If you can access the backend, you can probably restore from a backup. If you still can’t enter the CMS and you’re sure that there are not many visitors, it probably means that your site has been hacked. Restoring from a backup is an excellent way to undo any misconfiguration or software bug causing your website to stop working. However, don’t take this step right away if you think the website might be infected. The infection might hack the backup software so that the malware will remain even after you revert to a backup.
If the backup eliminates the error, congratulations! However, if you are still having problems or think that restoring from a backup is not feasible, keep reading to find a potential solution.
7. Back Up Now If You Can’t Revert
If your backup is too old that lots of work will be lost if you restore it, or if you have never backed up your website, you should back up your site right now. Although it might seem counterintuitive to preserve the state of a broken website, it’s still your best bet because the following steps will likely mean manipulating plugins, permissions, or even the code of your site itself. If anything goes wrong with it, you will be able to restore from this backup to start over with the recovery rather than being thrown back to square one.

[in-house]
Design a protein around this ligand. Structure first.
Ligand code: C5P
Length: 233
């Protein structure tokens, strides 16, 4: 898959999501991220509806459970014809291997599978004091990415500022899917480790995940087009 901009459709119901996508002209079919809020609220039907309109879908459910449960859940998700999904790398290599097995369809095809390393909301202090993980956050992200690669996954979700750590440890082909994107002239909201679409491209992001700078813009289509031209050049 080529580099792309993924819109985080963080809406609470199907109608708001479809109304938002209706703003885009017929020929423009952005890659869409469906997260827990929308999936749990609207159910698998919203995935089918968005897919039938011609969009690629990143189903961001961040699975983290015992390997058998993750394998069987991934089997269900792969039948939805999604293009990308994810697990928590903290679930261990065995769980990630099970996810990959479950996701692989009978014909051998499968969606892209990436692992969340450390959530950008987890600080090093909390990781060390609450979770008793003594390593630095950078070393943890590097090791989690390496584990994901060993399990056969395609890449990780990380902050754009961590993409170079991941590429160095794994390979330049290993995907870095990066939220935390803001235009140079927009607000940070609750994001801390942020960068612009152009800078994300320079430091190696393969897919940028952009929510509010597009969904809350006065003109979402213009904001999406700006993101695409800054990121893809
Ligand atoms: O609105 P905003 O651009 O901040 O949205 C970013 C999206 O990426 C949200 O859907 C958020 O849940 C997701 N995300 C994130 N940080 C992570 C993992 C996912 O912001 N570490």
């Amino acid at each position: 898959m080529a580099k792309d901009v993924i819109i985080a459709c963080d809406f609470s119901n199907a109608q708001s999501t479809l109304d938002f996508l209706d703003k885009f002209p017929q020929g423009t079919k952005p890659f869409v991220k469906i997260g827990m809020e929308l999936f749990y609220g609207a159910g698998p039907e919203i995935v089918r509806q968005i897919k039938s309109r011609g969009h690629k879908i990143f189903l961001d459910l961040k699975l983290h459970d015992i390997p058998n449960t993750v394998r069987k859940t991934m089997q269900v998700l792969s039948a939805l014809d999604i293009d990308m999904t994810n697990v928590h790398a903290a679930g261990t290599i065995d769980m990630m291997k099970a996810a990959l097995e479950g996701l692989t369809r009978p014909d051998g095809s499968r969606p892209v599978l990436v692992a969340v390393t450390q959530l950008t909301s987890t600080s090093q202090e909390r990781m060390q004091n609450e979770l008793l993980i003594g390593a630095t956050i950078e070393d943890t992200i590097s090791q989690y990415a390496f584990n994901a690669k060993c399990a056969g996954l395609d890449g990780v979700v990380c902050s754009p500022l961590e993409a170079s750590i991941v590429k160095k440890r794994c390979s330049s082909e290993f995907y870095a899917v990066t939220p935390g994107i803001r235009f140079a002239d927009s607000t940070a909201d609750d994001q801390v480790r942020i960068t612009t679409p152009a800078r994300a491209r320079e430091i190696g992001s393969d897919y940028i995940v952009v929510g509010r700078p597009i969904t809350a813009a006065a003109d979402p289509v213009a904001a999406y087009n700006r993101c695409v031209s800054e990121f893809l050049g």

Note that this step should not be necessary if you often download archives of your site. However, if you don’t do this regularly, it’s high time you start doing it now because not doing so will only mean more data loss.
8. Set Up File Permissions Correctly
A website that isn’t working might come down to not allowing users to access some files. Make sure you give read permission to the pages of a website to ordinary users. You can refer to this guide about file permissions here. However, there’s a caveat. The “777” permission usually used for permission troubleshooting should never be used on your website. Instead, the last integer of the file permissions of any publicly available webpage must be “4”. If you have confirmed that and the pages are still not working, you can basically rule out permission issues.
9. Search for Compatibility Issues
This step is much more time-consuming than any of the steps above, but it’s still worth it. Do this by deactivating plugins one by one and then reloading your website. Once you find that your website works, you’ve probably found the culprit, which is the plugin you last deactivated.